Treegle turns the dictionary into a tree-like system. So your original word and its meaning come first. Then you can click on any word in the meaning, and it will branch out into a meaning of that word alone. You can again click on any word in the new meaning, or in the original meaning, for further branches.
The end result is a tree of different words and meanings, but this time you are sure what the definition exactly means. Treegle isn’t as information-packed as dictionaries like Oxford or Merriam-Webster, but it seems like the more organic way to look up words.
4. Word Chain (Android, iOS): Make and Learn Longest Words
Word Chain is a single play or multiplayer mobile game with a focus on learning new words. The rules are simple. Taking turns, you are randomly assigned a letter of the alphabet at the start of each round. Make the longest word you can with it.
It follows some rules of games like Scrabble, in that you can’t use “s” to turn the word into a plural and increase the letter count. There’s a limited time to make your word and type it out, so you’ll have to think of something quickly. Each letter counts as one point. The first to reach the target score wins.
At the end of each game, you will get a full list of all the words used in the game, and their meanings and pronunciations. It’s a nice way to test your own vocabulary while learning new words alongside. And periodically, Word Chain sends notifications with new words and definitions.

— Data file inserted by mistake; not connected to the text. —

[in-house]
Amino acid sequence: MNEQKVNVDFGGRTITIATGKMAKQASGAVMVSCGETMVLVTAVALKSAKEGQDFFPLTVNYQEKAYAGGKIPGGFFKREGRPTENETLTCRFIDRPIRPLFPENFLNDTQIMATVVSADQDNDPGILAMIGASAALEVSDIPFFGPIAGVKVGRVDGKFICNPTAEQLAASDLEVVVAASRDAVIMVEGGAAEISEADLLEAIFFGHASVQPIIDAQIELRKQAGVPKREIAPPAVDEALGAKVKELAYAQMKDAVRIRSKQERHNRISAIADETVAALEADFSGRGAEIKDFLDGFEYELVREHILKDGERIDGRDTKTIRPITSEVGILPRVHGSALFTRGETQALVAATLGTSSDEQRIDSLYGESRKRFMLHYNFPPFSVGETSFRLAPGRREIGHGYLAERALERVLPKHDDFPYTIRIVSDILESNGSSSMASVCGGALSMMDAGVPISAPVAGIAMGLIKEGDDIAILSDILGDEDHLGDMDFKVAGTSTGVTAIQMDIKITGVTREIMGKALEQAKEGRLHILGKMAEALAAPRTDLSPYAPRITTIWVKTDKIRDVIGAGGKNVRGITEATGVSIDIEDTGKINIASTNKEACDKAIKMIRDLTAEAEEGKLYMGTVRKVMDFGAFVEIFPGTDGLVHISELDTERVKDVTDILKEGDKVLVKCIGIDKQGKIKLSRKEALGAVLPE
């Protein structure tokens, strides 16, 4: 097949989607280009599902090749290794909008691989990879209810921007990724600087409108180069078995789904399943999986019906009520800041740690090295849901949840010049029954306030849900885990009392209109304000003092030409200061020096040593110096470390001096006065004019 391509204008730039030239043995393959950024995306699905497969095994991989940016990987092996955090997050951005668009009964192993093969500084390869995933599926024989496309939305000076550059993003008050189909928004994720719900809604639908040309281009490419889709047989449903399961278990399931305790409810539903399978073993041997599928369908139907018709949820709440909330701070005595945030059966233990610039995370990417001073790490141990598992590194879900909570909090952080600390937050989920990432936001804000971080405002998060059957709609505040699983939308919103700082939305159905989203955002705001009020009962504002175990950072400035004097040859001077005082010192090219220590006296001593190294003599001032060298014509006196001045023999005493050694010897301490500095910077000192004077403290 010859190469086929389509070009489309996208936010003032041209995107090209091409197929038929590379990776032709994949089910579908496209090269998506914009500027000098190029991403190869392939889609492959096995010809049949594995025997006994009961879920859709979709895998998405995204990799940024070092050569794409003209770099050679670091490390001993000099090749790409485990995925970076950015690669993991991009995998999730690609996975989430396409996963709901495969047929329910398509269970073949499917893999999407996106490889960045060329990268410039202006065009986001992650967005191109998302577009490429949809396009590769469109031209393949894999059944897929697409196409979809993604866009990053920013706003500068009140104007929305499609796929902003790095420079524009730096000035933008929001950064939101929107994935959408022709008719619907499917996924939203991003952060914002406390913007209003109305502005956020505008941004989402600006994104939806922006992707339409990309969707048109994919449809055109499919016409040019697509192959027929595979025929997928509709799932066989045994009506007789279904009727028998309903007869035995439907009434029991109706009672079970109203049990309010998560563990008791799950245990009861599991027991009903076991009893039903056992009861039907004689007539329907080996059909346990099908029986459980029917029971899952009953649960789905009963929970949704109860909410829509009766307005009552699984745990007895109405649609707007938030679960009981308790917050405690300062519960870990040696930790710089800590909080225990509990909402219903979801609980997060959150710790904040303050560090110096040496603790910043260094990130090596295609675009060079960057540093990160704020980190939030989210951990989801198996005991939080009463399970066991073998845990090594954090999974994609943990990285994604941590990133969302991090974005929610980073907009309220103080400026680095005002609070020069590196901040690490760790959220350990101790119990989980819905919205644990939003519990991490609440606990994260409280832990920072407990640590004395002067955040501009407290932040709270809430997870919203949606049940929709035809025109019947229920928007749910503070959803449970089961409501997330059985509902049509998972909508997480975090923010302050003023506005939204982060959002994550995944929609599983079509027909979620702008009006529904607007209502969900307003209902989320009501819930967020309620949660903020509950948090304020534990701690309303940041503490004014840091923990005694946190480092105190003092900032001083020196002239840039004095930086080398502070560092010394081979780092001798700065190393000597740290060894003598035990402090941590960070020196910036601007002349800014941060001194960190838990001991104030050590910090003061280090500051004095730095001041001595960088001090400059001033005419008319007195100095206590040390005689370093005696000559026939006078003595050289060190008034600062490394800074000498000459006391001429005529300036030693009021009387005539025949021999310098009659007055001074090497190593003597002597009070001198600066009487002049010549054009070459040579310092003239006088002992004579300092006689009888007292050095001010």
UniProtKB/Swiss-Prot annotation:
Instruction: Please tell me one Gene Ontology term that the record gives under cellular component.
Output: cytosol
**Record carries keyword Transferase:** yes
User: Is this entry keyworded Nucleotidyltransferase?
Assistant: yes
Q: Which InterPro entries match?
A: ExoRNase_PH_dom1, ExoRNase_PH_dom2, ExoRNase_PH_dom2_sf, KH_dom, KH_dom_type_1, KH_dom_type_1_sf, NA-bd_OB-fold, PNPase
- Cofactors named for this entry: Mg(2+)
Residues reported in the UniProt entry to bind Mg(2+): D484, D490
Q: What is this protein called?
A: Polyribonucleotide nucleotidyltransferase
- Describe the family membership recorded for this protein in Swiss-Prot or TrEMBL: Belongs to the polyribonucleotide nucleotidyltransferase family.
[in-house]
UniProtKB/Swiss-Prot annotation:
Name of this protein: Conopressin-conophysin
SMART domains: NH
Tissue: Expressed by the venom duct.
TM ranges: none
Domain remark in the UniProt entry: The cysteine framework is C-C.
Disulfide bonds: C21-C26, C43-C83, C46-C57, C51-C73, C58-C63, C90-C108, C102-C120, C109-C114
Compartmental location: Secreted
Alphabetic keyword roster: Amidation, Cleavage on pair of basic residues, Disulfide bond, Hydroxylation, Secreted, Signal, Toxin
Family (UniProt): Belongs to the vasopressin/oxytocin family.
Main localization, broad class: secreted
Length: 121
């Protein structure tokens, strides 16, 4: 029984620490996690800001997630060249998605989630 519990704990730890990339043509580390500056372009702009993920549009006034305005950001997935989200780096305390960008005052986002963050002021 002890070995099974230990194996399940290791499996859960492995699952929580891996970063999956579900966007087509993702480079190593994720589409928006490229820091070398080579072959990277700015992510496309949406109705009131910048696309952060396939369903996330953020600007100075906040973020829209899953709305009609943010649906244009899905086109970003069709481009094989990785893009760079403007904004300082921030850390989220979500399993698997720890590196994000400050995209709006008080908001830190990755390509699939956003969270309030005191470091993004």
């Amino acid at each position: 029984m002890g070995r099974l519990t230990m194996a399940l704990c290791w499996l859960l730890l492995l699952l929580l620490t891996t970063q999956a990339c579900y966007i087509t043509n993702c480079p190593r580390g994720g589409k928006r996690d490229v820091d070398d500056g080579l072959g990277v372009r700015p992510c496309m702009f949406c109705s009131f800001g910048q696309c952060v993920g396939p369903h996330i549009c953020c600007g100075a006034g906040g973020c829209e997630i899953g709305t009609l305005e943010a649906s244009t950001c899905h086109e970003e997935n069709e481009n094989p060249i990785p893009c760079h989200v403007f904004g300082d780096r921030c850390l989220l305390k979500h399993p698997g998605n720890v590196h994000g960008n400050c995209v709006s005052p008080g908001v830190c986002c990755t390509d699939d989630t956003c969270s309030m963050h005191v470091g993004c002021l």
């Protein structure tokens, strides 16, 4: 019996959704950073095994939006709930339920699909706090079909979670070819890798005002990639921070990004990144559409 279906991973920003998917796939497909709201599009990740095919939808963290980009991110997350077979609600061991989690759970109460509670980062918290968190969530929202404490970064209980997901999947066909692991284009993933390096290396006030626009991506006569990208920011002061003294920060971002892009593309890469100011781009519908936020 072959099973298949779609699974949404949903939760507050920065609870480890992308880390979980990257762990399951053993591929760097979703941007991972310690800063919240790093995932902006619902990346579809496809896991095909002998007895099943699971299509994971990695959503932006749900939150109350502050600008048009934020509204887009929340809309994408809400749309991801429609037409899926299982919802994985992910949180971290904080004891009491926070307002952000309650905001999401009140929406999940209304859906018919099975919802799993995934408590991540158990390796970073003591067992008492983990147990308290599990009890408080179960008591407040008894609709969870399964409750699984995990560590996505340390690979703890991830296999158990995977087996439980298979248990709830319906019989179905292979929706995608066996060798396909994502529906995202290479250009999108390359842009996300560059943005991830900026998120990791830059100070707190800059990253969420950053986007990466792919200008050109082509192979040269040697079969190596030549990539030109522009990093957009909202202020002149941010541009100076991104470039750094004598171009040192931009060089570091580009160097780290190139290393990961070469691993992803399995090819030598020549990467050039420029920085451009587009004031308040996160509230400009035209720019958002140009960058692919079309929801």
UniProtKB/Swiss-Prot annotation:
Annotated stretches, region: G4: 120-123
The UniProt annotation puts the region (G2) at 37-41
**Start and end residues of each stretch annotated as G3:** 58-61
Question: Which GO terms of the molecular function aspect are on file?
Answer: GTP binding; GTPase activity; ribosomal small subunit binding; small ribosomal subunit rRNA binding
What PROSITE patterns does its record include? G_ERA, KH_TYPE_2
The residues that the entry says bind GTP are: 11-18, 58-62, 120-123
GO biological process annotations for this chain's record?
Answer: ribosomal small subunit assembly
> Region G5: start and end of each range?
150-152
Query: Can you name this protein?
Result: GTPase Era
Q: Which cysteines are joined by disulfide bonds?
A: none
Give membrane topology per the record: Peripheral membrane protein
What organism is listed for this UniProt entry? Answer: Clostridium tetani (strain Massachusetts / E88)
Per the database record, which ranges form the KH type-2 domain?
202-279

5. Eunoia (Web): Foreign Words Without English Equivalents
English doesn’t have words to describe every single thing in the universe. But there are phrases and terms in other languages that describe some things perfectly, and there is no equivalent in English. Welcome to Eunoia, the searchable directory of words that don’t translate.
Eunoia has a database of over 500 words in over 50 languages, which don’t have perfect English translations. Sample some of these:
- Eunoia: (Greek) A well-mind or beautiful thinking
- Kretek: (Malay) The sound of dry leaves or twigs being trodden underfoot
- Fahrvergnügen: (German): The love of simply driving
- Chai-Pani: (Hindi) Literally “tea and water”; but used to mean the money and favors given to someone to get things done
Eunoia is full of these experiences and things that can’t easily be put into a single word in English. But the English language has a history of adopting words from other languages. So why should any of these be any different?
Improving English Beyond Vocabulary
A good vocabulary is simply one part of mastering a language. If you want to enjoy its full potential, you need to learn other aspects like grammar and syntax, figures of speech, proverbs, phrases, and much more.
While you should continue your quest to learn new words with the aforementioned apps, the English language demands more of you. You might want to try some of the best mobile apps to learn and improve English.
Read the full article: 5 Dictionary and Vocabulary Apps to Learn New Words